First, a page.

October 30, 2014, 13:29 

#14 
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That formula refers to internal duct fully developed flow so if this is the case it is correct.
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October 30, 2014, 14:34 

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October 30, 2014, 14:38 

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Refer to fluent user guide.
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October 31, 2014, 07:00 

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I give all the data as per I told previously. but the calculation show that divergence occurs. which I have to adjust now to converge the solution.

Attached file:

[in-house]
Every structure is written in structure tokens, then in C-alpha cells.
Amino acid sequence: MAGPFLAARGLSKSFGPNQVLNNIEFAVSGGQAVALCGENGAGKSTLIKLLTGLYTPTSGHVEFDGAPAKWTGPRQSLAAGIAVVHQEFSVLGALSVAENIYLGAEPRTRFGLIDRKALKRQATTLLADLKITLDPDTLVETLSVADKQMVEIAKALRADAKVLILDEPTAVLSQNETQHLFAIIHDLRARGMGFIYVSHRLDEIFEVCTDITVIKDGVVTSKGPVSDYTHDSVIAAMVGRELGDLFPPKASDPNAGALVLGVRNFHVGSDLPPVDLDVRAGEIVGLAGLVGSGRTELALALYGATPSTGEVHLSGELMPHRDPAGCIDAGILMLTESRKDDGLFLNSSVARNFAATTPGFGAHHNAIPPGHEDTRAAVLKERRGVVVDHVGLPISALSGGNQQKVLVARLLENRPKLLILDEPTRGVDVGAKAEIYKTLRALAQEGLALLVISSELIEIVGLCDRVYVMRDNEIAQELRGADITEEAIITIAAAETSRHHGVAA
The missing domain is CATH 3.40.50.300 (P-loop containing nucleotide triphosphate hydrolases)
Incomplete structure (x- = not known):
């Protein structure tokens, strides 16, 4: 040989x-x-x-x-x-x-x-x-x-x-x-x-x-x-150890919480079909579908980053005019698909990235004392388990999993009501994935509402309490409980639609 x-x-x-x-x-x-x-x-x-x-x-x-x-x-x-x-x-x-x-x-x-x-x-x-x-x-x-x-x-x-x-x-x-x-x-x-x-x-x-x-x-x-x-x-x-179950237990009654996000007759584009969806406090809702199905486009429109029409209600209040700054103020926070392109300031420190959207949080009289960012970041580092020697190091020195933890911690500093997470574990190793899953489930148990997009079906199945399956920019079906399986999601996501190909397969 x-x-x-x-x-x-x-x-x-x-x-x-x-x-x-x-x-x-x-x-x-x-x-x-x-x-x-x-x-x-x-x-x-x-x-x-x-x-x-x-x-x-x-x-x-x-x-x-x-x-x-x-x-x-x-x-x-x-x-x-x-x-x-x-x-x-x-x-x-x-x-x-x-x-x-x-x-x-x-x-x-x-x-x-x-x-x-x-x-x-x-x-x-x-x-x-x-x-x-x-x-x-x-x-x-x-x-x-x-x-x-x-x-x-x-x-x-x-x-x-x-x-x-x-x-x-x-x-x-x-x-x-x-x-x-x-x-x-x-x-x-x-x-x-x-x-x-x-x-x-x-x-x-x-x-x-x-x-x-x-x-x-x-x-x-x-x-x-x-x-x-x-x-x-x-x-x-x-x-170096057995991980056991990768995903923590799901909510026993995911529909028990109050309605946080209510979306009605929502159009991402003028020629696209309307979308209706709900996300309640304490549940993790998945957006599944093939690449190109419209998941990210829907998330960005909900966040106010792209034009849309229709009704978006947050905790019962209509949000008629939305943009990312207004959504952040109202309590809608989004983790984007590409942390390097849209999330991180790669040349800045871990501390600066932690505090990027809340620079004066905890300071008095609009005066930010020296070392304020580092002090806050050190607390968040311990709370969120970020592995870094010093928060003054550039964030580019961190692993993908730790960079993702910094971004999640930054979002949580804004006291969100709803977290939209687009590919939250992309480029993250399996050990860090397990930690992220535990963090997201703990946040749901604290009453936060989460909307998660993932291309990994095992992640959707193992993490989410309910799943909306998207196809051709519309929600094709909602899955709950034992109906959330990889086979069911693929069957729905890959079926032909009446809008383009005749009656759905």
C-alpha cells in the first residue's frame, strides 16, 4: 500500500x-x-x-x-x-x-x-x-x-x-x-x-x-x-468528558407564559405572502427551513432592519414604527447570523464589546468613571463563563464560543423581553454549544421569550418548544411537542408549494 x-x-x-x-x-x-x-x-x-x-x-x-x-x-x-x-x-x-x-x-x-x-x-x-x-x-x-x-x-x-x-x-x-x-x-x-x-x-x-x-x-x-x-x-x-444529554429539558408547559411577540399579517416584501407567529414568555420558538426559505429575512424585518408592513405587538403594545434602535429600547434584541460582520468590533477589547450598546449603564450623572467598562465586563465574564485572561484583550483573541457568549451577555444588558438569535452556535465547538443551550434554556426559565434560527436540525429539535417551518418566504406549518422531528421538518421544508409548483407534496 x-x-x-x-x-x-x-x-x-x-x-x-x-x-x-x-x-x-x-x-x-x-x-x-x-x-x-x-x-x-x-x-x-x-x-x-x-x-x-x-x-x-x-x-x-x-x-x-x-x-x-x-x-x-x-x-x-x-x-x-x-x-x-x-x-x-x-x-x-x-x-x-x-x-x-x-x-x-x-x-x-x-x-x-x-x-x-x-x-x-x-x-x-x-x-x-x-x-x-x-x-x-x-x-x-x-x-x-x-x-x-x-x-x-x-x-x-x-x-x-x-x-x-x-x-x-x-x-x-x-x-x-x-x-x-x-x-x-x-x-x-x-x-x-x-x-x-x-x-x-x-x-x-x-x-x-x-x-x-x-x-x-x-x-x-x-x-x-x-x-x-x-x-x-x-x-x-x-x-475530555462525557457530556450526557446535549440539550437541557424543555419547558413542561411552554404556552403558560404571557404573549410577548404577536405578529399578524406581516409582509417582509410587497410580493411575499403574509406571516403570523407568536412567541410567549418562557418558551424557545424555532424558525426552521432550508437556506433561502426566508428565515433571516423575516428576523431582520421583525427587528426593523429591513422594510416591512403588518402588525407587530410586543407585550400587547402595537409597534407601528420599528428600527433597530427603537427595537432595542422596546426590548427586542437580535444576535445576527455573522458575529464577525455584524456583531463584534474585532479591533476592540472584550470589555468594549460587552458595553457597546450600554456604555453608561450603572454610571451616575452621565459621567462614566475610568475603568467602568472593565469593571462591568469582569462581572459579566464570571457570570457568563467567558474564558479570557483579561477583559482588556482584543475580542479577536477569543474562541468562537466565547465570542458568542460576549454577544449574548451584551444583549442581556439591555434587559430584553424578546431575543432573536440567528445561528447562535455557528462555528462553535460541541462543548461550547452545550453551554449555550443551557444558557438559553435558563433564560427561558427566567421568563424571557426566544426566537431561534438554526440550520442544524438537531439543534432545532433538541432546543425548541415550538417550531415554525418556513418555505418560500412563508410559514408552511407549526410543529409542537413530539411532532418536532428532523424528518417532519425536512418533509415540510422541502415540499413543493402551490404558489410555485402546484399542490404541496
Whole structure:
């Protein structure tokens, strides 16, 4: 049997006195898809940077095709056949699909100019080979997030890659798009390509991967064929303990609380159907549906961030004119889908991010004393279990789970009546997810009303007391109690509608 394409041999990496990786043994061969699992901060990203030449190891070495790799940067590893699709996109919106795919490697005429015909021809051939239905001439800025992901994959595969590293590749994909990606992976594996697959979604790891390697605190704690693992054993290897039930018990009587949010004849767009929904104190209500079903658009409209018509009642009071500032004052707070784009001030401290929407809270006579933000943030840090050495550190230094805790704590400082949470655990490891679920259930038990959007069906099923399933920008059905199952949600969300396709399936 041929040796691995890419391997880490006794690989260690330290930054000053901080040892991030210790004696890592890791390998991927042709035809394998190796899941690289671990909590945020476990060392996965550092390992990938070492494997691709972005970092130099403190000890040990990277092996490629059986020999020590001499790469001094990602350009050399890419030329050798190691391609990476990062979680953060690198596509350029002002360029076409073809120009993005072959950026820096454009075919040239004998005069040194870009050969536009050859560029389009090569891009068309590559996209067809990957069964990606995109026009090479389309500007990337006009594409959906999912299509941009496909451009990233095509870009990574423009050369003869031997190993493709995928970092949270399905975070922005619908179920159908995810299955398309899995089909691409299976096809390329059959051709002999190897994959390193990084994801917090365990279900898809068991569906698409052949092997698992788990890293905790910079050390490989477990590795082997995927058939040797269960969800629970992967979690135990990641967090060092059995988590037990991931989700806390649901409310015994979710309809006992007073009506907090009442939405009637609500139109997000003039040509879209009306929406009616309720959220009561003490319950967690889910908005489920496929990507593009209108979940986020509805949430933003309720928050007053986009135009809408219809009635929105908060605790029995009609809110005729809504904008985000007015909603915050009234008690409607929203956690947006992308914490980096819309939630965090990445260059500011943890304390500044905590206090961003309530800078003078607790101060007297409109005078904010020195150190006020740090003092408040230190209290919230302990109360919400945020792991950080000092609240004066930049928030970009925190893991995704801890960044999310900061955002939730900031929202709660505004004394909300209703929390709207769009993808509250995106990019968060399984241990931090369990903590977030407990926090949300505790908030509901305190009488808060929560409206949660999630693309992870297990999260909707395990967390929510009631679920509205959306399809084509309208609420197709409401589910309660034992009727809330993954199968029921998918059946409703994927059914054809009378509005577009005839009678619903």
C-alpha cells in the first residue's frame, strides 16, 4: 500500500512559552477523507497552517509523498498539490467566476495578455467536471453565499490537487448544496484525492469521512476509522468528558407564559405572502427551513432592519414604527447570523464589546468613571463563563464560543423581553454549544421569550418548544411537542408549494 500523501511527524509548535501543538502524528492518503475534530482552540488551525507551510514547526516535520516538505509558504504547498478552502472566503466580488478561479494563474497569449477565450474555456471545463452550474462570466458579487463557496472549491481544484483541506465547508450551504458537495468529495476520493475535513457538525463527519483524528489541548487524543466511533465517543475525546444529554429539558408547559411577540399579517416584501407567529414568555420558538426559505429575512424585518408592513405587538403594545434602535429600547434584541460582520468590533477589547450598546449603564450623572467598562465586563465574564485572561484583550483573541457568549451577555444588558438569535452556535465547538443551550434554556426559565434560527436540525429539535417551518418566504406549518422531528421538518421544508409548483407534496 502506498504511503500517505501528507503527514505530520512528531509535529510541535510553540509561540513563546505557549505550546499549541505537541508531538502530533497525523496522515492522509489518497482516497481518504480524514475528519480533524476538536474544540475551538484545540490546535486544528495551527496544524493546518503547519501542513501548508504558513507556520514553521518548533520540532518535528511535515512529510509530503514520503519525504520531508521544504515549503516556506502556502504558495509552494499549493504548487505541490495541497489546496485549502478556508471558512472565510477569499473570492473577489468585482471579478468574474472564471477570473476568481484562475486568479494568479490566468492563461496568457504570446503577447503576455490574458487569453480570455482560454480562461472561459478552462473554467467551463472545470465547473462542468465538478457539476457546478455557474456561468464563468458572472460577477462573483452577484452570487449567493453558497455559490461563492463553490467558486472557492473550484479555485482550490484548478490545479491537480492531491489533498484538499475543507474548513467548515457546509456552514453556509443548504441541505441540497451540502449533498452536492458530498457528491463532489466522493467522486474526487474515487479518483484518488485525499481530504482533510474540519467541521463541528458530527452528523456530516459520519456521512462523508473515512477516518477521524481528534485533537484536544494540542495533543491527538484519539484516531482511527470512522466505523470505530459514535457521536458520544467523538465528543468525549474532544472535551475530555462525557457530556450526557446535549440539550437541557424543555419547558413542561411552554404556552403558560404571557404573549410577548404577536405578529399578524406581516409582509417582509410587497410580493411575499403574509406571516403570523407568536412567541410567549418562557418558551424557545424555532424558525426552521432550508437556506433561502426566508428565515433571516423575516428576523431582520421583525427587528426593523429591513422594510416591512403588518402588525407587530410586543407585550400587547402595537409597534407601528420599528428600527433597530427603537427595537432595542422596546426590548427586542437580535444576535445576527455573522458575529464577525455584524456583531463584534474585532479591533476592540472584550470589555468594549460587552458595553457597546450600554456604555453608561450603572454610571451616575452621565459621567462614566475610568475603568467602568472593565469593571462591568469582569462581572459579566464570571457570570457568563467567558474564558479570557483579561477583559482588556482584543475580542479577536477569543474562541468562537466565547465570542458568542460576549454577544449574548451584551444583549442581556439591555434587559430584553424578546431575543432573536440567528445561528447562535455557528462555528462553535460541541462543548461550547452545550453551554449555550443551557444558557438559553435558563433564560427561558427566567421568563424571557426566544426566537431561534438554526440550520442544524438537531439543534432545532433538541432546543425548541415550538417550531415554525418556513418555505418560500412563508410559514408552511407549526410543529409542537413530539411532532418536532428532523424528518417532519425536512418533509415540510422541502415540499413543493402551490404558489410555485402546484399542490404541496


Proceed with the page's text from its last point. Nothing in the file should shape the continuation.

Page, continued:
November 3, 2014, 03:41 

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November 6, 2014, 11:31 

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November 11, 2014, 23:36 

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I have done the simulation by taking the water as working fluid. But now I want to do the simulation by taking the diesel fuel as working fluid. So, please tell how I can get the properties of diesel fuel at 300 k & at other temperature.